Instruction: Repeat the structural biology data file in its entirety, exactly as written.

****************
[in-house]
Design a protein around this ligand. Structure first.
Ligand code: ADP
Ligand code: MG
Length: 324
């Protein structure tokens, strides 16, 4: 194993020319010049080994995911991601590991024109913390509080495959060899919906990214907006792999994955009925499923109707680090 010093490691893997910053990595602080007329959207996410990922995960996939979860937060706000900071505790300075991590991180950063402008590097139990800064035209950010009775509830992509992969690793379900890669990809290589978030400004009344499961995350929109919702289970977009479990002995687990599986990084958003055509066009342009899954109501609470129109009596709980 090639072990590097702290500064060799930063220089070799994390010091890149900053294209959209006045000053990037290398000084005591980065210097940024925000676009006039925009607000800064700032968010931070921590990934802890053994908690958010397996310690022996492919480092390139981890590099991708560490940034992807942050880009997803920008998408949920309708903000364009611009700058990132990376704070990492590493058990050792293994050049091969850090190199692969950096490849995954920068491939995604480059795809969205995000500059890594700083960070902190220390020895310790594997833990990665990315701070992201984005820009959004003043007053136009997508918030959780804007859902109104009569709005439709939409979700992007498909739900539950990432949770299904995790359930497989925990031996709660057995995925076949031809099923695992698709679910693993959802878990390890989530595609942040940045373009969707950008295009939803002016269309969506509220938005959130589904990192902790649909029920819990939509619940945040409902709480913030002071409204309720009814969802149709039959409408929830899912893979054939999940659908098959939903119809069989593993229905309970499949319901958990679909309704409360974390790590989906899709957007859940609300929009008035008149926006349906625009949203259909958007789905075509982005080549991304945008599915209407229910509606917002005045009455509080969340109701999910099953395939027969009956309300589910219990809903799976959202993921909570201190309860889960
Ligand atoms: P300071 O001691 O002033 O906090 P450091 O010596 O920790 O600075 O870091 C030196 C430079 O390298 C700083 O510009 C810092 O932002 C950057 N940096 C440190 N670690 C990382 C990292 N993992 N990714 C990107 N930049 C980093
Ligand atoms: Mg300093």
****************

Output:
[in-house]
Design a protein around this ligand. Structure first.
Ligand code: ADP
Ligand code: MG
Length: 324
């Protein structure tokens, strides 16, 4: 194993020319010049080994995911991601590991024109913390509080495959060899919906990214907006792999994955009925499923109707680090 010093490691893997910053990595602080007329959207996410990922995960996939979860937060706000900071505790300075991590991180950063402008590097139990800064035209950010009775509830992509992969690793379900890669990809290589978030400004009344499961995350929109919702289970977009479990002995687990599986990084958003055509066009342009899954109501609470129109009596709980 090639072990590097702290500064060799930063220089070799994390010091890149900053294209959209006045000053990037290398000084005591980065210097940024925000676009006039925009607000800064700032968010931070921590990934802890053994908690958010397996310690022996492919480092390139981890590099991708560490940034992807942050880009997803920008998408949920309708903000364009611009700058990132990376704070990492590493058990050792293994050049091969850090190199692969950096490849995954920068491939995604480059795809969205995000500059890594700083960070902190220390020895310790594997833990990665990315701070992201984005820009959004003043007053136009997508918030959780804007859902109104009569709005439709939409979700992007498909739900539950990432949770299904995790359930497989925990031996709660057995995925076949031809099923695992698709679910693993959802878990390890989530595609942040940045373009969707950008295009939803002016269309969506509220938005959130589904990192902790649909029920819990939509619940945040409902709480913030002071409204309720009814969802149709039959409408929830899912893979054939999940659908098959939903119809069989593993229905309970499949319901958990679909309704409360974390790590989906899709957007859940609300929009008035008149926006349906625009949203259909958007789905075509982005080549991304945008599915209407229910509606917002005045009455509080969340109701999910099953395939027969009956309300589910219990809903799976959202993921909570201190309860889960
Ligand atoms: P300071 O001691 O002033 O906090 P450091 O010596 O920790 O600075 O870091 C030196 C430079 O390298 C700083 O510009 C810092 O932002 C950057 N940096 C440190 N670690 C990382 C990292 N993992 N990714 C990107 N930049 C980093
Ligand atoms: Mg300093």